[5] The en banc court also supported its decision with the plain text of the statute, and the legislative history of the Equal Pay Act, including specific debates relating to the catch-all exception at issue in Rizo.

Friday, April 6, 2018

Revisiting Evidentiary Standards in Gender Discrimination Class Actions

On Monday April 2, 2018, the U.S. District Court, Southern District of New York, excluded arbitrary expert testimony and accepted generalized proof of statistical evidence to grant, in part, Plaintiffs’ class certification motion in Chen-Oster, et al. v. Goldman Sachs, 2018 WL 1609267, at *1 (S.D.N.Y. Mar. 30, 2018).

The Class, consisting of approximately 2,300 female current and former Associates and Vice Presidents in the Investment Banking, Investment Management, and Securities Divisions of Goldman Sachs, are challenging the company’s practices of paying women less, giving them worse reviews, and passing them over for promotion. Specifically, Plaintiffs allege that Goldman’s “360 review” performance evaluation process, “forced ranking,” and “cross ruffing” (i.e., cross-checking procedure that involves teams of Goldman partners interviewing each other about potential candidates) are policies and practices that inherently discriminate against women, particularly when those policies and practices are exercised within a “boy’s club” culture, where for example, managers/decision-makers exclude women from events such as barbeques, drinks, and golf outings, hire scantily dressed female escorts to attend holiday parties, etc.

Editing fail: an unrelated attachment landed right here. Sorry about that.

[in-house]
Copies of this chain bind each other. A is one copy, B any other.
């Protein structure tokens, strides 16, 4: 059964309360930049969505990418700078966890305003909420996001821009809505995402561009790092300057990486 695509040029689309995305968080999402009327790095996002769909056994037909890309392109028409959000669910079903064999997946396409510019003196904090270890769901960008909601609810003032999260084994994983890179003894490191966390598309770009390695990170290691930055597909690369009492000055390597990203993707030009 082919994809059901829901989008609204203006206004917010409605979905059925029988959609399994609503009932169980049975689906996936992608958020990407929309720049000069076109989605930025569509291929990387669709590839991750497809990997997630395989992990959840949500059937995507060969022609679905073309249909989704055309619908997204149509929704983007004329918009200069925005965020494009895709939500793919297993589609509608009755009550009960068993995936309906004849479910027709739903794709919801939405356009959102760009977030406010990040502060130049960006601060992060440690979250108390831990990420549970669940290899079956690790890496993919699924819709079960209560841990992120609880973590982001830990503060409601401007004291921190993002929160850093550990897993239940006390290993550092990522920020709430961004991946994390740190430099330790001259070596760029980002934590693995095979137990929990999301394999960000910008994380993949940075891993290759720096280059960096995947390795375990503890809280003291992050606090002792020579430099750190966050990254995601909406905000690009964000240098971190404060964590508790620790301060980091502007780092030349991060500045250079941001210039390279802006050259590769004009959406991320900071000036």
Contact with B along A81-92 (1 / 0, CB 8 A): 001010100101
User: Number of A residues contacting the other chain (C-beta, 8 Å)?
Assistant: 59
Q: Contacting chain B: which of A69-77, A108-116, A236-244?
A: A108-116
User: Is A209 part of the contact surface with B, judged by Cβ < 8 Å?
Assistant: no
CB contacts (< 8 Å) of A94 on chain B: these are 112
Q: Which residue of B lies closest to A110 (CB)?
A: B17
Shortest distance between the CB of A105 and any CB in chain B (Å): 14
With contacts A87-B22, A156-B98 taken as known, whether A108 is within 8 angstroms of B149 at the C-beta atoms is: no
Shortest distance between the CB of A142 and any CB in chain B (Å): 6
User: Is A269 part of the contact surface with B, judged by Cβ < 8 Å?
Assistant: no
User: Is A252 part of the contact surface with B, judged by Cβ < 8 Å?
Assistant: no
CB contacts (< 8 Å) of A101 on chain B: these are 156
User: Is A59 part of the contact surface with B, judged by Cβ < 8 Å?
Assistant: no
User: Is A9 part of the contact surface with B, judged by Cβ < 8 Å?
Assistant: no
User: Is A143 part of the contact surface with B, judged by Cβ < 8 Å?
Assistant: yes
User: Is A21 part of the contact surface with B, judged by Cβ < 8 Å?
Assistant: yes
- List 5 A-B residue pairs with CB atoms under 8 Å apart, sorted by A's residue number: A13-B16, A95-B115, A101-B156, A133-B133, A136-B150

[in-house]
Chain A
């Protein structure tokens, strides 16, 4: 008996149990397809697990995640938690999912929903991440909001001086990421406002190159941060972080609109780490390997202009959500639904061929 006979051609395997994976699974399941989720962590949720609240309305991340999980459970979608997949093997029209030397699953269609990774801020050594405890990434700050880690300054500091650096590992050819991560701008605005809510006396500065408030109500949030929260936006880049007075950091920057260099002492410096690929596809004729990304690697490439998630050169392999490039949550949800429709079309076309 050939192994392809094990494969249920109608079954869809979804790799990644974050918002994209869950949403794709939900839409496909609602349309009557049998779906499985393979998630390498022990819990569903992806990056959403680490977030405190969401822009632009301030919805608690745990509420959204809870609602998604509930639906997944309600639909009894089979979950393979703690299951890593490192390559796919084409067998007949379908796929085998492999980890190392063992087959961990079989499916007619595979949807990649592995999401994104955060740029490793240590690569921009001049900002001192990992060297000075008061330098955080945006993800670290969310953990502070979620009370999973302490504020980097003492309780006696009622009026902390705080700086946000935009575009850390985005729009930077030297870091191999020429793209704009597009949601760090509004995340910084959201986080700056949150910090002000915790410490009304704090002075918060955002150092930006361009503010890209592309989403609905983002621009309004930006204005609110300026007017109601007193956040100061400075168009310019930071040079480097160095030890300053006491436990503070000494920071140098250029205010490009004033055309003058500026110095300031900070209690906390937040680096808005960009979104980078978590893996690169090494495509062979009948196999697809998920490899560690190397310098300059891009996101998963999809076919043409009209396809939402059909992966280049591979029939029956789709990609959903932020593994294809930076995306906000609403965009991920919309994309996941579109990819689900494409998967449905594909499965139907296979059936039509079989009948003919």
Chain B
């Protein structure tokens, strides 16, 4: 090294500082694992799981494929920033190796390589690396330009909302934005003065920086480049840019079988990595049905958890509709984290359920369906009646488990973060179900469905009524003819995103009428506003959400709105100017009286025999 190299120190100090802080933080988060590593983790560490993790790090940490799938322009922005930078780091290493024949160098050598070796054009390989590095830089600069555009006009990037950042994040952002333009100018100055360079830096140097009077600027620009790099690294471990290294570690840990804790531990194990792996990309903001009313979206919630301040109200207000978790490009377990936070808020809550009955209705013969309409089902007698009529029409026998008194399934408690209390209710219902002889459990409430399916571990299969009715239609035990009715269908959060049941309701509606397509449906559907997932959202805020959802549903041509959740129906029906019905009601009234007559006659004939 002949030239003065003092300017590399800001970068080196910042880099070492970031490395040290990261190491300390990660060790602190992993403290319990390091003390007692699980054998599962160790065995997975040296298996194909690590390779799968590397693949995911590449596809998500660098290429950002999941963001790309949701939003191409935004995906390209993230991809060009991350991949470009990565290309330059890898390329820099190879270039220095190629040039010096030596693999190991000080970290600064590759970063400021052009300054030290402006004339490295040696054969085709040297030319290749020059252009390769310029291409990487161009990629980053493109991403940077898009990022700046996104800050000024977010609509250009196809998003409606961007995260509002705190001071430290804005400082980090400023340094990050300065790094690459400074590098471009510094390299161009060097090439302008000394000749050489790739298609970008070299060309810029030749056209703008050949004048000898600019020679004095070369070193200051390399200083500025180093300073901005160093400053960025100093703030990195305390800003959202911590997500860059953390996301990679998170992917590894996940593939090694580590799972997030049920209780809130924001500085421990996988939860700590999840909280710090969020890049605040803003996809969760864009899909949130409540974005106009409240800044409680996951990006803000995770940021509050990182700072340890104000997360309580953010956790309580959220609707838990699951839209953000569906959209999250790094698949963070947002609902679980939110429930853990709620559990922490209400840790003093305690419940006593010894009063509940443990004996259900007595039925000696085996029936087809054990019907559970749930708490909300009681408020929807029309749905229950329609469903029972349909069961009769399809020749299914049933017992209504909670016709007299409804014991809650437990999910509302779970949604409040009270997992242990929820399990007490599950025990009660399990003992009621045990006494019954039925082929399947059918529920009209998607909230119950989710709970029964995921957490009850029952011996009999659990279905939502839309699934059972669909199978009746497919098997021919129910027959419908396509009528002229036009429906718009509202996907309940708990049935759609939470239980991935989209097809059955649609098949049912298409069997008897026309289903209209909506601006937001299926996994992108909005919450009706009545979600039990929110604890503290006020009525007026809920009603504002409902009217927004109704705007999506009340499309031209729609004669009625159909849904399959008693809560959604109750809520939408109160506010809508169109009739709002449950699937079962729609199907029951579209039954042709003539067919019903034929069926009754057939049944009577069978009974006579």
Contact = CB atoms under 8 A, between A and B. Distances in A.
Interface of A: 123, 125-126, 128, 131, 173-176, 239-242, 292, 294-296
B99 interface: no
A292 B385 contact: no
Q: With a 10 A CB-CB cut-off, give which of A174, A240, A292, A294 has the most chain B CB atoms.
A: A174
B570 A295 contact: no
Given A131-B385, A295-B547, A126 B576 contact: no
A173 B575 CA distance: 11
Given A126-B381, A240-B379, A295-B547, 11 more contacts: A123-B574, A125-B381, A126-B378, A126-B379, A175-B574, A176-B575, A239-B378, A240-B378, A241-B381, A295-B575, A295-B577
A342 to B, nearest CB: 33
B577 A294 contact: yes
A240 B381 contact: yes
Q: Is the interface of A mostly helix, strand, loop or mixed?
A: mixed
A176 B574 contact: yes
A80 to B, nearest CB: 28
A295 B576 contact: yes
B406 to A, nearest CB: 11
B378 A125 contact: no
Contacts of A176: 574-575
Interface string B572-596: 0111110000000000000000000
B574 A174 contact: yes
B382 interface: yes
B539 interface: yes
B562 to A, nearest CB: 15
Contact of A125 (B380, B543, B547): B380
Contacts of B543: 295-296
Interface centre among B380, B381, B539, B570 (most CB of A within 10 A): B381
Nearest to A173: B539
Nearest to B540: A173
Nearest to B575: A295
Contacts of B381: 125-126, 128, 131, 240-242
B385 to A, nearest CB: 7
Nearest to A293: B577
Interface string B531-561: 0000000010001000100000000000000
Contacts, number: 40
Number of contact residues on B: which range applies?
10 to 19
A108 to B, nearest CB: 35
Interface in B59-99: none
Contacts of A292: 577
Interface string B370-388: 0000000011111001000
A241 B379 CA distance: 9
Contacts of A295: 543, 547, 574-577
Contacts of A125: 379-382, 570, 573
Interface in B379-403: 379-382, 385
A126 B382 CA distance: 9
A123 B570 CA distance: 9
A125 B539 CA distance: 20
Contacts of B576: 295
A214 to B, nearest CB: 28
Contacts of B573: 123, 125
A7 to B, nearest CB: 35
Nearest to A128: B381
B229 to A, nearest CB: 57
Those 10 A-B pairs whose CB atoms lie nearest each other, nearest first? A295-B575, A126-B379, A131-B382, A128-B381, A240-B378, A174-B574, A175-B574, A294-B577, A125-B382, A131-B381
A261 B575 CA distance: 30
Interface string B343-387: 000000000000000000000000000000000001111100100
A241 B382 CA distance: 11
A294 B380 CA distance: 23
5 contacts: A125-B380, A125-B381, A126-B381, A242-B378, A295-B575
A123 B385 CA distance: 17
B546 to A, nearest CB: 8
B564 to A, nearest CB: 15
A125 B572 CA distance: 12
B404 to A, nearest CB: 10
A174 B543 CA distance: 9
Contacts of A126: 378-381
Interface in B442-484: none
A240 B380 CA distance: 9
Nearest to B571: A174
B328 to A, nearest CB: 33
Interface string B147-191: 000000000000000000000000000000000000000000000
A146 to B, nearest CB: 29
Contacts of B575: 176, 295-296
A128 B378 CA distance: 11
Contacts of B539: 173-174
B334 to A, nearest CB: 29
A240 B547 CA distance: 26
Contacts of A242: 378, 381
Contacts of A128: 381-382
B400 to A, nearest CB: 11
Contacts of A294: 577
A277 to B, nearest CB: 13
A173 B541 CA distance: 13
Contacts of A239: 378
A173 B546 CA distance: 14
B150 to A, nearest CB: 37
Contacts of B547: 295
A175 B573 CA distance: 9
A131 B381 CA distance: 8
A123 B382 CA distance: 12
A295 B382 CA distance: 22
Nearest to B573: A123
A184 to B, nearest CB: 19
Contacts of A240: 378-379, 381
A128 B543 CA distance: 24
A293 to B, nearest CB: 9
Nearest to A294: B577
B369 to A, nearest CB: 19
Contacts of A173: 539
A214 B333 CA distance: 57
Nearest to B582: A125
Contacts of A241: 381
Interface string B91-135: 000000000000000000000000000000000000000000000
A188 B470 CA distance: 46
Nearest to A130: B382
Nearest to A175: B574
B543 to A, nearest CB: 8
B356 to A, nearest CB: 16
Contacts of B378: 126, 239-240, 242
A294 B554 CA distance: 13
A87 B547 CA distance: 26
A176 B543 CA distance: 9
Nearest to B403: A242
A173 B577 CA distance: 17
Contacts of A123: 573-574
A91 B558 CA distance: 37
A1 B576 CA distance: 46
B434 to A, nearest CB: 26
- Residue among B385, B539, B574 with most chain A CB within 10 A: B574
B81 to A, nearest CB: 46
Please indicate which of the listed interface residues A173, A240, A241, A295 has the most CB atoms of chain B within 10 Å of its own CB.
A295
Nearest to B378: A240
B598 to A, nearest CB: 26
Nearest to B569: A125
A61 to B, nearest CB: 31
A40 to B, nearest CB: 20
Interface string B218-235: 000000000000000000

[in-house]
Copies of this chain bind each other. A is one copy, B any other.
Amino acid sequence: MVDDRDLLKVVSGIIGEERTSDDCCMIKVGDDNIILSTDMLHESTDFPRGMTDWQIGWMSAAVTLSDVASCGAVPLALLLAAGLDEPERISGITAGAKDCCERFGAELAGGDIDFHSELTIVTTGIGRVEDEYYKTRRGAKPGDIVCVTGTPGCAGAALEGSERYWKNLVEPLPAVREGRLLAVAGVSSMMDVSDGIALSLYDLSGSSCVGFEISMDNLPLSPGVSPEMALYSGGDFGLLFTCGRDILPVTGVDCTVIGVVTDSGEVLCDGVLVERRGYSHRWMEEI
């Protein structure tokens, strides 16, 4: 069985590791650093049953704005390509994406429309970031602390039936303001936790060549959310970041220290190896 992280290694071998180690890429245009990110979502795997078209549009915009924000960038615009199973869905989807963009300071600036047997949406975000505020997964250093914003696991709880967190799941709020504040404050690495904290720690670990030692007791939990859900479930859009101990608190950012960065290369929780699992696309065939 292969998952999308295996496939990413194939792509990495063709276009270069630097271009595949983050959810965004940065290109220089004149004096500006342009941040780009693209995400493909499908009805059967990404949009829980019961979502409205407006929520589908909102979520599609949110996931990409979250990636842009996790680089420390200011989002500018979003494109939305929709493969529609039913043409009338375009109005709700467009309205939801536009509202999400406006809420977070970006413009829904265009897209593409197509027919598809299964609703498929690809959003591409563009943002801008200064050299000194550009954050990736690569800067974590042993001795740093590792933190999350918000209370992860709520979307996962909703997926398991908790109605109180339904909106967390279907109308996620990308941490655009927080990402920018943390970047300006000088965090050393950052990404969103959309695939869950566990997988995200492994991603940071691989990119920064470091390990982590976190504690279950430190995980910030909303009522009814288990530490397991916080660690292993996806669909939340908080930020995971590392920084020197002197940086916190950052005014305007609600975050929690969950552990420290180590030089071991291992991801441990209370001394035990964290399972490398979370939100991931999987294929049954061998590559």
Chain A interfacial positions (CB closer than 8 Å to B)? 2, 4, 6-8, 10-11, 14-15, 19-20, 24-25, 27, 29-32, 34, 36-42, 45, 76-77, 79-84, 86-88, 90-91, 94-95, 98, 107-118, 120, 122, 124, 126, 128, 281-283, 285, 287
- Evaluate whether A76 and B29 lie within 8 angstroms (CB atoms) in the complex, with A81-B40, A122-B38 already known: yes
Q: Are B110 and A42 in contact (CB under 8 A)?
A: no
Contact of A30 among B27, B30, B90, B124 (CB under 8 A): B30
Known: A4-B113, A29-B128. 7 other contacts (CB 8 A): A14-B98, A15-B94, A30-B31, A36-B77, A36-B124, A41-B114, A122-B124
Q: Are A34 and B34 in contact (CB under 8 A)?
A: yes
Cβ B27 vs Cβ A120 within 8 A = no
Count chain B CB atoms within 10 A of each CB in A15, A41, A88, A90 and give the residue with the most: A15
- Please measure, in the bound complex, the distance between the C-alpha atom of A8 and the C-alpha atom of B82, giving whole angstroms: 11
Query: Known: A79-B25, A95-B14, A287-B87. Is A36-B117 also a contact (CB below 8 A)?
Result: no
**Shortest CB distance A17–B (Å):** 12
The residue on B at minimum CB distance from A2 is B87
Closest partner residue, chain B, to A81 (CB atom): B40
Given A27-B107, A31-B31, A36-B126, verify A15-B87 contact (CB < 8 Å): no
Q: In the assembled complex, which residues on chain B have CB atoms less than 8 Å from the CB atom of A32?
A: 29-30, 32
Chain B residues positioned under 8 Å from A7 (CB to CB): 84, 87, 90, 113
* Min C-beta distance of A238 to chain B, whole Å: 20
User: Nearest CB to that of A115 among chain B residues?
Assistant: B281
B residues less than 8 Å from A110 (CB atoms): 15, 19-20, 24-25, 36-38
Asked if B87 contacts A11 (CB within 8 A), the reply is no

The Court first addressed Goldman Sachs’ attempt to use “experts” in the financial industry to explain custom and practice for evaluation and promotion; however, the Court rejected Goldman’s expert. In United States v. Dukagjini, 326 F.3d 45, 54 (2d Cir. 2003), the Second Circuit, interpreting the Daubert expert-certification approach and applying Rule 702, held that expert testimony should be excluded if the witness is not actually applying expert methodology. The Honorable Judge Analisa Torres, writing in Chen-Oster for the District Court, stated “[u]nder Daubert, the Court must exercise its gatekeeping function accordingly, and ‘exclude unreliable expert testimony and junk science from the courtroom.’” Chen-Oster2018 WL 1609267, at *8 (citing, inter alia, Almeciga v. Ctr. for Investigative Reporting, Inc., 185 F. Supp. 3d 401, 415 (S.D.N.Y. 2016)). Judge Torres went on to state, “[g]eneral knowledge about the financial services industry (or, indeed, uninformed speculation about Goldman Sachs) could hardly be relevant or reliable on the question of whether a statistician’s methodology is sound or supported.” Chen-Oster2018 WL 1609267, at *8. Judge Torres specifically cited SEC v. Tourre, 950 F. Supp. 2d 666, 677–78 (S.D.N.Y. 2013), in which the Court had excluded testimony because the expert’s knowledge and expertise was in “so broad a category as to become meaningless when particularized” to the issues of the case. Judge Torres, was emphatic: “Defendants cannot circumvent the requirements of Rule 702 and Daubert by labeling a statistical expert’s statistical exercises a ‘real world check.’ A wolf in sheep’s clothing is still a wolf.” Chen-Oster2018 WL 1609267, at *8.